lowriders and lowrider culture
Documentary and photography series
"Slow and Low" was written, shot, edited and produced by Helen Arase for Impact, a documentary magazine-show at the University of Southern California's Annenberg School for Communication and Journalism, and as part of her master's degree thesis. © Impact 2018
About "Slow and Low" and "Photographing 'Slow and Low'"
This is a project about lowriding in California.
"Slow and Low" is a documentary about Daniel Galvez, Stefanie Lizet Murga and Carlos Rodriguez's experiences in the lowriding community. "Photographing 'Slow and Low'" is a series of photos that give a glimpse into their lives and some of the people who surround them.
The way to drive a lowrider is to cruise "low and slow." There are video projects dedicated to the phrase, and more dedicated to the inverse, like this one.
Slow and low - instead of low and slow - was used by Carlos Rodriguez, Dukes Car Club member, lowrider and one of the cornerstones of this documentary. Rodriguez compared the hot rod community's preferences to the lowriding community's with,
"They like 'em fast and loud, and we like 'em slow and low."
Check out the galleries to see some who build lowriders and some who cruise lowriders.
Daniel Galvez, professionally known as Danny D, has been lowriding and building lowriders since he was a kid. He is known worldwide for his elaborate paint and pinstriping. His employee, Stefanie Lizet Murga, is at the start of her career, and already one of a few women making waves in the industry. At Danny D Studios in Baldwin Park, Calif., he and his employees do custom paint, body modification and pinstriping.
Carlos Rodriguez owns three lowriders - two are still being restored or customized and one is well-known throughout the city. His 1947 two-tone pearl blue and white Buick Super lowrider blasts oldies throughout Sacramento and where he lives, in Rio Linda, Calif., a suburban community of Sacramento. Rodriguez began lowriding in his adulthood and is part of the backbone of Sacramento's cruise nights.
More from the project:
A woman in a man's world
Stef pinstripes with the best in an industry where back in the day - as Galvez says it - "guys drove the cars and girls were the trophies."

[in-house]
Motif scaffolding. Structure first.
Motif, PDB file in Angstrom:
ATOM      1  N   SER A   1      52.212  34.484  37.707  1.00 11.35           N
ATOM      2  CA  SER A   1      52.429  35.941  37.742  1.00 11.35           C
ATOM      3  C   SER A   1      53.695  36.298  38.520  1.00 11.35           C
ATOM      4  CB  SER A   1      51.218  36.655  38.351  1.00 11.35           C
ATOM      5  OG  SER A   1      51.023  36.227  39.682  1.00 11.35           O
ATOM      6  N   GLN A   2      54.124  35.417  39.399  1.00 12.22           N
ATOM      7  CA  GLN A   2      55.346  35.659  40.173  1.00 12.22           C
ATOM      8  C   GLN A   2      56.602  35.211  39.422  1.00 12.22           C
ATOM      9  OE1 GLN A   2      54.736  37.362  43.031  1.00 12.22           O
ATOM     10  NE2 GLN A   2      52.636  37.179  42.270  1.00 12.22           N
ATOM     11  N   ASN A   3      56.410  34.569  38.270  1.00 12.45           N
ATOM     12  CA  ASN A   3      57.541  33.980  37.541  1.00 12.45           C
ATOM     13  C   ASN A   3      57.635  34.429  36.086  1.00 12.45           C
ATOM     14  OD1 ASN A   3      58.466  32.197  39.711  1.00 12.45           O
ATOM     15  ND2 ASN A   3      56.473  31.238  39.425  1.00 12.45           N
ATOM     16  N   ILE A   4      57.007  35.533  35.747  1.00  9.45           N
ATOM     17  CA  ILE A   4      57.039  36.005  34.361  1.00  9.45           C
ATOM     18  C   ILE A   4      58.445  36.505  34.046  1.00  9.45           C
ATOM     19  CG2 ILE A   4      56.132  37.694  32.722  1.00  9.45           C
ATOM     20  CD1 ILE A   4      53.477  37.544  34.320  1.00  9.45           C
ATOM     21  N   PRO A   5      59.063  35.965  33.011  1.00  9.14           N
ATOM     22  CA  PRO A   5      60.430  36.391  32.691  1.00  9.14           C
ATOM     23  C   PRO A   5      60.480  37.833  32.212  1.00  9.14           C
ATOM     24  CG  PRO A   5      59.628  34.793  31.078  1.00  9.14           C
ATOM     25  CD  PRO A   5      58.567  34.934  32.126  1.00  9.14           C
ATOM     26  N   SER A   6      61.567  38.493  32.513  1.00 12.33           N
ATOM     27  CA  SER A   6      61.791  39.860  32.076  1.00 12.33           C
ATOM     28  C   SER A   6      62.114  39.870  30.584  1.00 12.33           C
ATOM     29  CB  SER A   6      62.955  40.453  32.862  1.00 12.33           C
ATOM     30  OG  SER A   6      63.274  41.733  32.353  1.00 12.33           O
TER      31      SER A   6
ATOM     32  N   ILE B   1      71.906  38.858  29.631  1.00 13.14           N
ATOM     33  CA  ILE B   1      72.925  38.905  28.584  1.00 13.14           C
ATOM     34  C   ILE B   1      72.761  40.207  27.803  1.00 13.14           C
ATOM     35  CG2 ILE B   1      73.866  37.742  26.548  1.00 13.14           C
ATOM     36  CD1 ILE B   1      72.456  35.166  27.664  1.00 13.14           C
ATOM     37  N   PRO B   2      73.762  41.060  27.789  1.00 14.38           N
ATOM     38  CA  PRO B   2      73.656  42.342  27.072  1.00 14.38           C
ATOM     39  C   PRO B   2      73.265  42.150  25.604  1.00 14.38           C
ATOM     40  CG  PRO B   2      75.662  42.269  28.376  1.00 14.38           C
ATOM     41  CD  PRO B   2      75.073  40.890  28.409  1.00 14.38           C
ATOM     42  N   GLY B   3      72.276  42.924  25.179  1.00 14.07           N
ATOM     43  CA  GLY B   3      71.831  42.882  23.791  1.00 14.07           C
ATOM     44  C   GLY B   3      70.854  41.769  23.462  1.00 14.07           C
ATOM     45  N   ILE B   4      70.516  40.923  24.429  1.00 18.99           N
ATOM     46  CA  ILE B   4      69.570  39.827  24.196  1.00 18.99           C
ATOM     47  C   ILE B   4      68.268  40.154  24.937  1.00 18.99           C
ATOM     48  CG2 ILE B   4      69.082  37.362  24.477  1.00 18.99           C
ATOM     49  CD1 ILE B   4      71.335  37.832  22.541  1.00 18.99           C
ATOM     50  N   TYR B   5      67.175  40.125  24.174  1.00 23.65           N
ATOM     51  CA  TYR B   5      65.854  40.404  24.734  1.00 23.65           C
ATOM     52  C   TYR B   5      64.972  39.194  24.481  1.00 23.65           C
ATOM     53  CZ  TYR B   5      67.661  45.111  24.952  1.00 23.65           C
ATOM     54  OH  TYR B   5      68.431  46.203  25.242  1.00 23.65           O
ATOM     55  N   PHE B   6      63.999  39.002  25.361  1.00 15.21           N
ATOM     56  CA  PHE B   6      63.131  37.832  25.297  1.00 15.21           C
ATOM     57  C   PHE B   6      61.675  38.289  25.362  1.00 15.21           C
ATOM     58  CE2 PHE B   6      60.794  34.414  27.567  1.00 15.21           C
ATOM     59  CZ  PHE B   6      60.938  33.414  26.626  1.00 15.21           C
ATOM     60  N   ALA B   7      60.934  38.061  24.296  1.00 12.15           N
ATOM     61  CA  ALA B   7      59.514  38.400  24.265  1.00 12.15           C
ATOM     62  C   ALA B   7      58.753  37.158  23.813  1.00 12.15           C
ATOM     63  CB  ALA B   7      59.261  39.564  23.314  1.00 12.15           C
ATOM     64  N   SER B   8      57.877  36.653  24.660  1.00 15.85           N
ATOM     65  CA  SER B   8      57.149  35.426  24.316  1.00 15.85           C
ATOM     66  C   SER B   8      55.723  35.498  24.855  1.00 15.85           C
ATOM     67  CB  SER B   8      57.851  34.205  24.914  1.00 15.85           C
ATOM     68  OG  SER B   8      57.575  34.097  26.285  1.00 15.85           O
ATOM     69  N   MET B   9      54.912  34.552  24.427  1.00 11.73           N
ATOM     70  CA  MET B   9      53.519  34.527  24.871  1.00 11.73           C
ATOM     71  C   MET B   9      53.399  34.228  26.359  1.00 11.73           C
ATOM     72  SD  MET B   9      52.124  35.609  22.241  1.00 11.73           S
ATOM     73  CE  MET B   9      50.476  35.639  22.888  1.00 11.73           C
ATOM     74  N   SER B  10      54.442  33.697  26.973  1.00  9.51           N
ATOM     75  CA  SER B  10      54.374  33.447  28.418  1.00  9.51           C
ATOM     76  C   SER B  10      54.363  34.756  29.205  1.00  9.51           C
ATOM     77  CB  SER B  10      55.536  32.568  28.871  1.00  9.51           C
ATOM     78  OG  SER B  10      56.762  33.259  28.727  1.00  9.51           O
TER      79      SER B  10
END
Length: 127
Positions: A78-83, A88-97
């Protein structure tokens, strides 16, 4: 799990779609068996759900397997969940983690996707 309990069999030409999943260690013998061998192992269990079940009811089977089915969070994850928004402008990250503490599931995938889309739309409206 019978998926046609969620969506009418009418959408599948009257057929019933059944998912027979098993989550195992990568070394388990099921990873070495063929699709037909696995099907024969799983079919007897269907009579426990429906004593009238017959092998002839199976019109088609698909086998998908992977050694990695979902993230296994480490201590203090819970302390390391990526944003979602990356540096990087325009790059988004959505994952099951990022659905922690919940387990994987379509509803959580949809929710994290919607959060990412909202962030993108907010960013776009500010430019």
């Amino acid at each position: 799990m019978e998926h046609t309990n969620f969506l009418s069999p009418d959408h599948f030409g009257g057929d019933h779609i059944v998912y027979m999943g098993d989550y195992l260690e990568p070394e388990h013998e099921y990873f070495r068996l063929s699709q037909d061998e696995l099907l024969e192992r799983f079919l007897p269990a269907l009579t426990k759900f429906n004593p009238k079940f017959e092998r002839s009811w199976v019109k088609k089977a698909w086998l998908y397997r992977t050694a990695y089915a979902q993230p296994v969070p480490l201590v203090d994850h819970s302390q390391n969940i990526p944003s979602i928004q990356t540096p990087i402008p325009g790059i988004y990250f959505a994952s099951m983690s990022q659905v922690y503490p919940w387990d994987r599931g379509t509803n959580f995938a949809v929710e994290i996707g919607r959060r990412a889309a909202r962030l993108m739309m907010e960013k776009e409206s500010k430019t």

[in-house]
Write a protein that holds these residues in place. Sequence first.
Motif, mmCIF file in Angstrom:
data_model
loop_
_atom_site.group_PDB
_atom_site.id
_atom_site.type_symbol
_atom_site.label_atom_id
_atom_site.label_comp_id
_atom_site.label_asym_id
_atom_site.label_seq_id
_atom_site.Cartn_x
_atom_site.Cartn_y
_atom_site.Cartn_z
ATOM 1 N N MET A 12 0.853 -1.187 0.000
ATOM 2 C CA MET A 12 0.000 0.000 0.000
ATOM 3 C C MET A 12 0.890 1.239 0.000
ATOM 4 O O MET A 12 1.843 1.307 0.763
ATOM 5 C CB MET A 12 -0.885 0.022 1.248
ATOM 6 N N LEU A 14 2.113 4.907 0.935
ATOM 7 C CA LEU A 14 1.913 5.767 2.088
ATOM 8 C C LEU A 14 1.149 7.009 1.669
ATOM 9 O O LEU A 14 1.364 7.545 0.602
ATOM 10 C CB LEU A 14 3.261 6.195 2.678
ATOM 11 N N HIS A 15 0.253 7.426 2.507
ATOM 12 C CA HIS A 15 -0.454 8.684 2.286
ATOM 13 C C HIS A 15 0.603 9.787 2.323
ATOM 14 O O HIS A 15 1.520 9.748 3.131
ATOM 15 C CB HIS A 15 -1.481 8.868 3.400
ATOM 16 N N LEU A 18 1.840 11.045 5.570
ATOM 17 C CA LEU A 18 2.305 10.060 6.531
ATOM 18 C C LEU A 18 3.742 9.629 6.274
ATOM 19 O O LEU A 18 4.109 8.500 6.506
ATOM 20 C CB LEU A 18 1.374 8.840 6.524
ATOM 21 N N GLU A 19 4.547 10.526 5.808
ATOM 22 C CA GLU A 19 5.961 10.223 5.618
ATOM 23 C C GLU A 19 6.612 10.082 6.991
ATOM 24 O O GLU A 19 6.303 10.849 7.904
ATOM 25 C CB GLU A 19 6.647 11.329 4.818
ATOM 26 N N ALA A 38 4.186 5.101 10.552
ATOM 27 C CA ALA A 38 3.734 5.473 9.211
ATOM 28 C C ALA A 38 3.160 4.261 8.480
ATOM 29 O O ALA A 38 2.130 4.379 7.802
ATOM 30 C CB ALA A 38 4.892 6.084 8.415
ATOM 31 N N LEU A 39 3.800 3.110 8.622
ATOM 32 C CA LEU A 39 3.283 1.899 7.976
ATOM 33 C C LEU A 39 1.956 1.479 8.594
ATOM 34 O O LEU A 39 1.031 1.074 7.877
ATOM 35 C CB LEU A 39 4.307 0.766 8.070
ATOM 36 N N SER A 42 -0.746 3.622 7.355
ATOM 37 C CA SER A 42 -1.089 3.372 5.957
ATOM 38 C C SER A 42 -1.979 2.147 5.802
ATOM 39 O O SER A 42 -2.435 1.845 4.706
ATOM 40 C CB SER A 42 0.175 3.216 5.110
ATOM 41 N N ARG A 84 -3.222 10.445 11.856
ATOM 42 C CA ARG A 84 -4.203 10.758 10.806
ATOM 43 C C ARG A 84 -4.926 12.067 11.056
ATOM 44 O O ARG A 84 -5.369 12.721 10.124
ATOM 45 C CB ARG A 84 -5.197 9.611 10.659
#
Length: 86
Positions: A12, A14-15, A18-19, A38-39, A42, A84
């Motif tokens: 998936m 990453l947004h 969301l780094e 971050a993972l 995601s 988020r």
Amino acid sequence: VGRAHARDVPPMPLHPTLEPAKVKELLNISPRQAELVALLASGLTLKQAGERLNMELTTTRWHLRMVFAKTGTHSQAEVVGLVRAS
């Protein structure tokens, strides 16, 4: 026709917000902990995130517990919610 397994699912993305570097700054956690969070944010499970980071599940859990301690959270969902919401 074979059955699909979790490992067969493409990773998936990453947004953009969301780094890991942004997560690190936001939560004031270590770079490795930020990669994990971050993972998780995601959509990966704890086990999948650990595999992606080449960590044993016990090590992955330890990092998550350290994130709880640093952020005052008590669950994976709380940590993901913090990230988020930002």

Stefanie Lizet Murga works at Danny D Studios. She started three years ago as an apprentice and has no plans to leave Galvez's shop any time soon.
"My favorite thing is doing tag team striping and stuff with Danny. Like you got this side [of the car], and I got this one," she says. "It's cool because he trusts me to match the side he's doing."
As one of two full-time employees, Murga is at the shop six days a week with Galvez. Danny D Studios has weekend employees, contractors and apprentices, too.
Murga says she looks after Galvez and makes sure he doesn't work too hard. She says he's enthusiastic about projects and overworks and overcommits himself.
"It's fun to see him get all excited like a little kid. Like that dragster? He busted that shit out, like damn," Murga laughs. "I just turned around and damn, that shit was done."
Murga's laugh is loud and contagious. The shop always has a levity about it — each time someone bends over Murga imitates flatulence. There is quite a bit of joking too and Murga hangs with the guys, sometimes outdoing them.
Aside from being good at shop banter, Murga is a talented artist. She was one of two women of 50 artists invited to exhibit pinstriping and lowrider-inspired art at the Petersen Automotive Museum for "The High Art of Riding Low: Ranflas, Corazón E Inspiración," an exhibit that celebrated lowriding art, iconography and Chicano pride.
Murga's contribution was part of a collection of custom painters and pinstripers who painted everyday objects in a lowrider-style pinstriping and custom paint. She painted a toilet seat. Galvez painted roller skates.
With aspirations to be greatly recognized within the lowrider and custom industries for her own work, Murga doesn't like to advertise that she works with Galvez. She says it's really gratifying when esteemed painters approach her and tell Murga that she is talented. She aspires to paint as well as they do.
It is not lost on her that Murga is one of the few women in a sea of men who professionally customize lowrider paint jobs and body work. undefined
"I'm pretty proud of myself, knowing I can do it all myself."
For pinstriping art exhibitions or art swaps Murga makes it a point to feminize her art, whether it's painting cartoon cholas with big lips instead of cholos with mustaches or using "girly colors" like pinks and purples.
The community loves her take on lowrider art — women — who've been lowriding iconography since the beginning. Murga says some of the wives of painters greatly admire her art and are jealous they don't have one yet.
It seems that Murga is well on her way — Galvez says she's part of a new wave of lowrider and custom artists.
Following in Galvez's footsteps, she is restoring and building a mini truck at her house. Now she's straightening out the body and doing other metalwork to ensure her truck will have a good foundation.
Murga has side projects and career goals, but right now she's very much dedicated to Danny D Studios.
"I'm hoping he keeps me around for the ride, you know?" Murga says. "That's what I want, for this to become more of a partnership; not just employer, employee."